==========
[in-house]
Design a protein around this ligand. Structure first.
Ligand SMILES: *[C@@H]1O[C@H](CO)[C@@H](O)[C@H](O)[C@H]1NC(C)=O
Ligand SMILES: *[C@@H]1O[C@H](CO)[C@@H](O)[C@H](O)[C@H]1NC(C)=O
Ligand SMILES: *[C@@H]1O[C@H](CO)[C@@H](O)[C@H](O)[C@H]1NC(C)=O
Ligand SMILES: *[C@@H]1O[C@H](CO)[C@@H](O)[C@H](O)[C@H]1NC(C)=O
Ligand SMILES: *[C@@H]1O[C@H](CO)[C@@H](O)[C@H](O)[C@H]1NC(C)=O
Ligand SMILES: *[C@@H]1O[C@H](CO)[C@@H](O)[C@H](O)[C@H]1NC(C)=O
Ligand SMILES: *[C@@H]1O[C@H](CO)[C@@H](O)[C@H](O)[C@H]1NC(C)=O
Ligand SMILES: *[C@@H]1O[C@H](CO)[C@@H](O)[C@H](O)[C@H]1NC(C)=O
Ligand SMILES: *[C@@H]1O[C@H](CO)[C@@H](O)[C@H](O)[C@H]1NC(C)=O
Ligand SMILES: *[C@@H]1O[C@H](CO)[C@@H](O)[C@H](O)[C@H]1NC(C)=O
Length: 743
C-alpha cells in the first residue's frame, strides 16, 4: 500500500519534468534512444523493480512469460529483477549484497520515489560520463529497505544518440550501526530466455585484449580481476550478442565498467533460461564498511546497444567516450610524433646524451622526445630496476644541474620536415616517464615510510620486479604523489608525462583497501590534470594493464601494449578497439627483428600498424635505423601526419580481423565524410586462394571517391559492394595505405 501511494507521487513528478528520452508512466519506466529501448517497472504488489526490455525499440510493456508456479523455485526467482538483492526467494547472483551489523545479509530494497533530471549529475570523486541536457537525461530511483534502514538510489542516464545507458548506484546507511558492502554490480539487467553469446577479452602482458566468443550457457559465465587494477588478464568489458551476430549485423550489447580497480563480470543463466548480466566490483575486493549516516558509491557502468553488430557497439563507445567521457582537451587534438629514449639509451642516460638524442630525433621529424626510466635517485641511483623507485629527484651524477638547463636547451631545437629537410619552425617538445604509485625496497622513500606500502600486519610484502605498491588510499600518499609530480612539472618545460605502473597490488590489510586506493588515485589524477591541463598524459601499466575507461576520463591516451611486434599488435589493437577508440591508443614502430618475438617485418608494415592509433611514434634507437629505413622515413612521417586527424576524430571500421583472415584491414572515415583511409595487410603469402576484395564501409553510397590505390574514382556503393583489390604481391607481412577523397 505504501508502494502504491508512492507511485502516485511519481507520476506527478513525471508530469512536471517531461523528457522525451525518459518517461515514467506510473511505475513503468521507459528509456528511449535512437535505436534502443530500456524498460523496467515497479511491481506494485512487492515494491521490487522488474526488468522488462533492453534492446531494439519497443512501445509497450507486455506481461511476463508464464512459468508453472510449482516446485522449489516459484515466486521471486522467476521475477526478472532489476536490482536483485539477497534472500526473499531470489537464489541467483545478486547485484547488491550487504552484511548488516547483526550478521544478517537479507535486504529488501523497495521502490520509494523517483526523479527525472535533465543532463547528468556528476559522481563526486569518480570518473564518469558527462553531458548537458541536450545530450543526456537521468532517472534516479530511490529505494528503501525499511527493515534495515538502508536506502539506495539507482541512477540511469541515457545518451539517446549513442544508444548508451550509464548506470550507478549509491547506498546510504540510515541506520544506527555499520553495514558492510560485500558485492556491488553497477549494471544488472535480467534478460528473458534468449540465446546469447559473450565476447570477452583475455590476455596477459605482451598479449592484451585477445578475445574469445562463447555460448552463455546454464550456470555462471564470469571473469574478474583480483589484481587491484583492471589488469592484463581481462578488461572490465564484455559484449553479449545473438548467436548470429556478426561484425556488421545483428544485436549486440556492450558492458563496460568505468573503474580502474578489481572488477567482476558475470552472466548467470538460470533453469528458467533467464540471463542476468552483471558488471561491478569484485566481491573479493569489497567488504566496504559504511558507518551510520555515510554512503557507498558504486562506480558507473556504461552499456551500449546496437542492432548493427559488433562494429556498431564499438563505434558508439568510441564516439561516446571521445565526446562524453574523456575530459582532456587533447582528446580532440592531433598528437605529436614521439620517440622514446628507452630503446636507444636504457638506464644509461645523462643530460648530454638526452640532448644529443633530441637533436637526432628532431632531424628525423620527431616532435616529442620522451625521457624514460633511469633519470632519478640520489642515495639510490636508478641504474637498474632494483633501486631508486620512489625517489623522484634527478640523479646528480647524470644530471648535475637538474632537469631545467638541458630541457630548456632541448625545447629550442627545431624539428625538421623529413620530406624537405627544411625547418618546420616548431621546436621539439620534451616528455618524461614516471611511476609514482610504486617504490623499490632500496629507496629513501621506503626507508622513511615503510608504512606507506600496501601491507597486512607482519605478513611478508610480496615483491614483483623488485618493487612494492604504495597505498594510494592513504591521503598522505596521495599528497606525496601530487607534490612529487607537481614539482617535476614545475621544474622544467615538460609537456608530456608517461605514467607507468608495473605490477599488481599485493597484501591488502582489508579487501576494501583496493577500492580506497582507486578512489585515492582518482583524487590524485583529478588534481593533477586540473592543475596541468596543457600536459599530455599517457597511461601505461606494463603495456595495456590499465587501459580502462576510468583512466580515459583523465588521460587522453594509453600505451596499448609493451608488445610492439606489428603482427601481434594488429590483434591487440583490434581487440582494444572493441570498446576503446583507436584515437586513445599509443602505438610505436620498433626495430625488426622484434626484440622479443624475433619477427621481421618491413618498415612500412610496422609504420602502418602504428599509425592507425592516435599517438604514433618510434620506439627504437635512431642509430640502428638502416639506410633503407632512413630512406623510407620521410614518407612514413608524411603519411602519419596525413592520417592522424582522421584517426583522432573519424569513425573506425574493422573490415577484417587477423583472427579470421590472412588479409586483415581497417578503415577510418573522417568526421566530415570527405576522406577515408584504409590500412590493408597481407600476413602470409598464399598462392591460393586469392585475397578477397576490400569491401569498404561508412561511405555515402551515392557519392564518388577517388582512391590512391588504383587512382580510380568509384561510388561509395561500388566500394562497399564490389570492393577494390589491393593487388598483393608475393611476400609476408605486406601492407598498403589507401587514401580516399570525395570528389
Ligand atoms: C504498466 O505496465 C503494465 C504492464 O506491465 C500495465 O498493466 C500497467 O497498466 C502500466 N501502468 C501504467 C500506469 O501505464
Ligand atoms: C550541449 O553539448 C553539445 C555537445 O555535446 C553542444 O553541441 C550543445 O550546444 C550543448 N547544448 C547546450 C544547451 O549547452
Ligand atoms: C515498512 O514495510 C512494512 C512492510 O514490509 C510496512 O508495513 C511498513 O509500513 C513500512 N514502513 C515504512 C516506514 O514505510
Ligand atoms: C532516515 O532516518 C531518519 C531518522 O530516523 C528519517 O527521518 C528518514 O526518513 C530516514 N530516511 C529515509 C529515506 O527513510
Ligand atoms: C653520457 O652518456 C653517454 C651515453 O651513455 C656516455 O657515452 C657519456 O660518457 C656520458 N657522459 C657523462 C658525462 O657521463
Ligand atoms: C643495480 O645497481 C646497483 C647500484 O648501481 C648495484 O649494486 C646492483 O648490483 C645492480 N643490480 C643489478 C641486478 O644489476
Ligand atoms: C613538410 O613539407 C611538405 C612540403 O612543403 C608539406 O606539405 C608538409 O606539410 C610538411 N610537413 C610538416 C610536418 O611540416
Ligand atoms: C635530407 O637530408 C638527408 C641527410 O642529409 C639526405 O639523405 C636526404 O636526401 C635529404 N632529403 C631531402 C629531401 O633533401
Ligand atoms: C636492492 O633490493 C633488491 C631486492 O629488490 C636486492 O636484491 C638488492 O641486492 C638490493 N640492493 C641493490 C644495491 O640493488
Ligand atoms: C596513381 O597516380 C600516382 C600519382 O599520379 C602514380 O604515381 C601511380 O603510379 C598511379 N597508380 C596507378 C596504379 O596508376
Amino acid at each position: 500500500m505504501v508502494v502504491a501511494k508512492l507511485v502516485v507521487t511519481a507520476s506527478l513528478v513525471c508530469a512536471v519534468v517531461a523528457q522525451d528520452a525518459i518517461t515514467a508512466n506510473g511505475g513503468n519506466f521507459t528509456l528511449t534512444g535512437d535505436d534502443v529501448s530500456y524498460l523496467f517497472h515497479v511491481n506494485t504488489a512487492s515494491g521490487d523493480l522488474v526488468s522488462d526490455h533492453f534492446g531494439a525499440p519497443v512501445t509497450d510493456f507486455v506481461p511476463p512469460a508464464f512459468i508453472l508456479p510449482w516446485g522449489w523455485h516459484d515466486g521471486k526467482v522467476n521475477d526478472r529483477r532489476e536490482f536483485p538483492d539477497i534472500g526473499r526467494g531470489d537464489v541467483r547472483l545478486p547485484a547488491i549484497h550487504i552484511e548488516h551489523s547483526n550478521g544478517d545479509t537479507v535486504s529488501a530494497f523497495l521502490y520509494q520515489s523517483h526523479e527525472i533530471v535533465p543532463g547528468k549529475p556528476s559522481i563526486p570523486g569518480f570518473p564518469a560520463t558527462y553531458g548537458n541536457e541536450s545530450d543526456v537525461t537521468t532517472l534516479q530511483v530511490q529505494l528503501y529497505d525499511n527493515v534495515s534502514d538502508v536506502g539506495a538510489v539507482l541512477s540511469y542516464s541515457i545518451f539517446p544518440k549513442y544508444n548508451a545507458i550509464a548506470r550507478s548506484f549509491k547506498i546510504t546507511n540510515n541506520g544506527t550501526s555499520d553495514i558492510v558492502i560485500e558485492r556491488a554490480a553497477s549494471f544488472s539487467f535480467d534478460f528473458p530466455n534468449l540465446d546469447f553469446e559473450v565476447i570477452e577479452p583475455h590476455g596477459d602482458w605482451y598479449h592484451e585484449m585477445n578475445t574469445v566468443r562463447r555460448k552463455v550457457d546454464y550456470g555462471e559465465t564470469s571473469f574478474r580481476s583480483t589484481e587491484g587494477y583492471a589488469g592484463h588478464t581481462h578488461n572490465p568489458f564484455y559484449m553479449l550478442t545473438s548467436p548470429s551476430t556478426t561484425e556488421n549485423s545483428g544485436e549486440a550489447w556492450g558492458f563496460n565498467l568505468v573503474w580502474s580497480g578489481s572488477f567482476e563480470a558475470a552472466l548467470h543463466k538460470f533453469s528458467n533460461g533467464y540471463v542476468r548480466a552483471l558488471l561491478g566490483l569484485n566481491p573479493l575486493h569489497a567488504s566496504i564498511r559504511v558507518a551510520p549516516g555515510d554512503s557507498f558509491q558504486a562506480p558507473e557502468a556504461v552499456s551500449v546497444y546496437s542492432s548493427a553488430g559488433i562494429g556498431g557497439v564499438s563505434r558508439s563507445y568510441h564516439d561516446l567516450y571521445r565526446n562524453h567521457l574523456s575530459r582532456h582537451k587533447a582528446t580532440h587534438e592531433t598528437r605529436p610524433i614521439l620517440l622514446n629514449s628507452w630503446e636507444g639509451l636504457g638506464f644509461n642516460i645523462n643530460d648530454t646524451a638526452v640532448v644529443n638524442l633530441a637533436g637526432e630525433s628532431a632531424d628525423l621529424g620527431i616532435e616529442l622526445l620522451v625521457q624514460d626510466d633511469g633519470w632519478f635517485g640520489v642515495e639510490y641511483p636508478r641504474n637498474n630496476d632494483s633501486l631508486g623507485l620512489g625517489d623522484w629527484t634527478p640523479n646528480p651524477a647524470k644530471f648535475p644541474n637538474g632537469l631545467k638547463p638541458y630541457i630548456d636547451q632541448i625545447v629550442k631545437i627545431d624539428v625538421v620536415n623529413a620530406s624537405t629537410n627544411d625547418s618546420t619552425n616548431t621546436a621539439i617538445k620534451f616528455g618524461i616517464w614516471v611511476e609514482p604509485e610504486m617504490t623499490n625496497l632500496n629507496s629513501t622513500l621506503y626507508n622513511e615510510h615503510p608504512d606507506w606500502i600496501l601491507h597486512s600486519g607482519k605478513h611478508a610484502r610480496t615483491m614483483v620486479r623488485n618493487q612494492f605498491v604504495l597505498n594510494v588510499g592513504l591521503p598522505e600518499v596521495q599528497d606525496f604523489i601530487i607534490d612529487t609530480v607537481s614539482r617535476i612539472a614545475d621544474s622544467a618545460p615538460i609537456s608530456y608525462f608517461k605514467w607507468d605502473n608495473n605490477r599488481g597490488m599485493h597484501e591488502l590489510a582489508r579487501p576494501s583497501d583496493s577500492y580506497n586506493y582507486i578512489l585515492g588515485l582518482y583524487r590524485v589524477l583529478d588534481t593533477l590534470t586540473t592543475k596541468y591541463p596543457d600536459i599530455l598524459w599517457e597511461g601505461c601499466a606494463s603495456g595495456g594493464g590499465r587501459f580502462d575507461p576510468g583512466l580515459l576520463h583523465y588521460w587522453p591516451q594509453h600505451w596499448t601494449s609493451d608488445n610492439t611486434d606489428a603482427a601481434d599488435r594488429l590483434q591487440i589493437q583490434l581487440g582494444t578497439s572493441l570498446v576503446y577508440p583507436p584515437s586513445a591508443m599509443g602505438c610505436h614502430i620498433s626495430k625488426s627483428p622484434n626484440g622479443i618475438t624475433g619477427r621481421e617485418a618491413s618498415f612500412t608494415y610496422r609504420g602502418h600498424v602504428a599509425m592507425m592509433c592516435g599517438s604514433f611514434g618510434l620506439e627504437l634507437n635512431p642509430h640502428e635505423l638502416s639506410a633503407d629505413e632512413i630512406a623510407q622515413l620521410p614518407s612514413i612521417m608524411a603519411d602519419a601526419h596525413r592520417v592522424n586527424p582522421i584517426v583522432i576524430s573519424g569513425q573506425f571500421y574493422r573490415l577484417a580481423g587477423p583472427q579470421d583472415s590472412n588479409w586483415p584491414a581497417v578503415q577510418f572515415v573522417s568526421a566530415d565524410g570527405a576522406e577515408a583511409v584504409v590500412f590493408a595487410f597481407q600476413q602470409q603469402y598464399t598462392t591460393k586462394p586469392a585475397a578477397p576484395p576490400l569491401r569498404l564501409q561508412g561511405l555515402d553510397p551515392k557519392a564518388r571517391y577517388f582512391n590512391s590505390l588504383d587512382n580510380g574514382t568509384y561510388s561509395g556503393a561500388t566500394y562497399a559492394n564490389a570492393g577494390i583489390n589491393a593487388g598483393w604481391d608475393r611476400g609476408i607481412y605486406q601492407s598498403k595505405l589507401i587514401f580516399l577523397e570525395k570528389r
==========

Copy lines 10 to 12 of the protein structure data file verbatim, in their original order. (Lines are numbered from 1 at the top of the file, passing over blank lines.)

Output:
Ligand SMILES: *[C@@H]1O[C@H](CO)[C@@H](O)[C@H](O)[C@H]1NC(C)=O
Ligand SMILES: *[C@@H]1O[C@H](CO)[C@@H](O)[C@H](O)[C@H]1NC(C)=O
Ligand SMILES: *[C@@H]1O[C@H](CO)[C@@H](O)[C@H](O)[C@H]1NC(C)=O